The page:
Early in the life of the internet, I imagine some genius out there had a profound realization. In my mind, it went something like:
“So… we don’t really have to go places anymore, right?”
This is an undeniably great part of digital life. Need food? There’s a variety of food delivery services to fit your needs. Have friends spread across the country? Instant messaging apps make it possible to stay in touch – even discussing as a group – all the time, regardless of where you are in the world. Want to have a meeting but without having to actually stand in front of people? Great news – we’ve created webinars!
For years, webinars have been popular ways to provide valuable content to a captive audience. They held the promise of all the benefits of hosting live events (bringing in contacts you have trouble reaching through other forms of content), without the downside of actually having to, you know, go anywhere.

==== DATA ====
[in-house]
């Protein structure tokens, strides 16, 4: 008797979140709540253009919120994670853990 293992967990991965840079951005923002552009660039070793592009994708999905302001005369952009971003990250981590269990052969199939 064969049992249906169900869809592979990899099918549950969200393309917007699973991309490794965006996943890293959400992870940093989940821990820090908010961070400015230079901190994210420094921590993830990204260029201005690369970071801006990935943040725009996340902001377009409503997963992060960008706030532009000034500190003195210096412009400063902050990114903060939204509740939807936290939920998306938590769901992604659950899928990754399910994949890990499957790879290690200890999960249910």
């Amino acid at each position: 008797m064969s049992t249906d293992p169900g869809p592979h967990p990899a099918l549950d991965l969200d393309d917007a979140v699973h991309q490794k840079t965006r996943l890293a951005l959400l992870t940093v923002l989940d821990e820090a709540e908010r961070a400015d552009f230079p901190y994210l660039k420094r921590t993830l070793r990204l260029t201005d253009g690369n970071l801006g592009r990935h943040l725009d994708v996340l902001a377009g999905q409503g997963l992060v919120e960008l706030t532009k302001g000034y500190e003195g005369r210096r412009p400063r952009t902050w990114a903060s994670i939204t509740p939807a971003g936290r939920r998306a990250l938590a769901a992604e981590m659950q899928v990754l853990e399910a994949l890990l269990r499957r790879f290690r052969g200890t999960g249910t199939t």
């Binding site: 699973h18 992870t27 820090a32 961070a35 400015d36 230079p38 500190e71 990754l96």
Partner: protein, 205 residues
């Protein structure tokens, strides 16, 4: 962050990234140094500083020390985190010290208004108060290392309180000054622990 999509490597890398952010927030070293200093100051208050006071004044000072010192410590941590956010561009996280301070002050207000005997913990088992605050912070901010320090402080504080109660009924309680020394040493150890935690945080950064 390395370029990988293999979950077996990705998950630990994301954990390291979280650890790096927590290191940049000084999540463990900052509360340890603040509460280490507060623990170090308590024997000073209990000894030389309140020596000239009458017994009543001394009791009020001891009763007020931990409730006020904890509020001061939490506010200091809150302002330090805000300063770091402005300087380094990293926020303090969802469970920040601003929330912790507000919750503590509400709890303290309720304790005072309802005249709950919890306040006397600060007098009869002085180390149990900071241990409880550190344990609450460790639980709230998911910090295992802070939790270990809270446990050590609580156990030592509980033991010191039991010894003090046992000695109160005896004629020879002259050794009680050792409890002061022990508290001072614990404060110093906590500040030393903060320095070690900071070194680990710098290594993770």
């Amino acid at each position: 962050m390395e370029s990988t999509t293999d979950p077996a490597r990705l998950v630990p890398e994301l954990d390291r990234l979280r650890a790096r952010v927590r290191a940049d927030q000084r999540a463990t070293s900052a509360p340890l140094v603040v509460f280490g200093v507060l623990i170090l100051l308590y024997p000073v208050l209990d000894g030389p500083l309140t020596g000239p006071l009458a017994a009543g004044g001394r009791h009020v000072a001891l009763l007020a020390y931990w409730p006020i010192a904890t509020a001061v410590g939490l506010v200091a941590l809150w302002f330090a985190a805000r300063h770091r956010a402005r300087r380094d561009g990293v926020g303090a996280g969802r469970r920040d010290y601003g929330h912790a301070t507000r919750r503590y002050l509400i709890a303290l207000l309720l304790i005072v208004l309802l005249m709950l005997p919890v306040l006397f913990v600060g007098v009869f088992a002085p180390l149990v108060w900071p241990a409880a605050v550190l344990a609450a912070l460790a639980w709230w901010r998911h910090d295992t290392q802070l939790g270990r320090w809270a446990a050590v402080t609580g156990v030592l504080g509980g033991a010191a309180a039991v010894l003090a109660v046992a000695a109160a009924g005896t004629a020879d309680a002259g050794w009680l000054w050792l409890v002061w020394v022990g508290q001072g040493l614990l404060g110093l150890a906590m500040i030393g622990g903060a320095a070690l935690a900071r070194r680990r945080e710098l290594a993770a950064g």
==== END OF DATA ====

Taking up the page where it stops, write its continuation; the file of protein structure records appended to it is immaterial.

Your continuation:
But is hosting a webinar still a tactic worth investing in, or is it a relic in your digital marketing toolbox you’re better off ditching?
Before you jump headfirst into a webinar, take a moment to consider the following questions.
Why do you want to host a webinar?
Webinars have to walk a narrow line. You need to provide information that your audience finds useful while still finding a way to obtain new leads. This is what drives most webinars – it’s a great way to get valuable lead data like new email addresses while also showing how knowledgeable you and the members of your business are.
However, if you’re not careful and don’t spend enough time preparing your presentation materials – or are just too focused on getting people to listen to the benefits of your business – then you risk just throwing a thinly veiled sales presentation out there.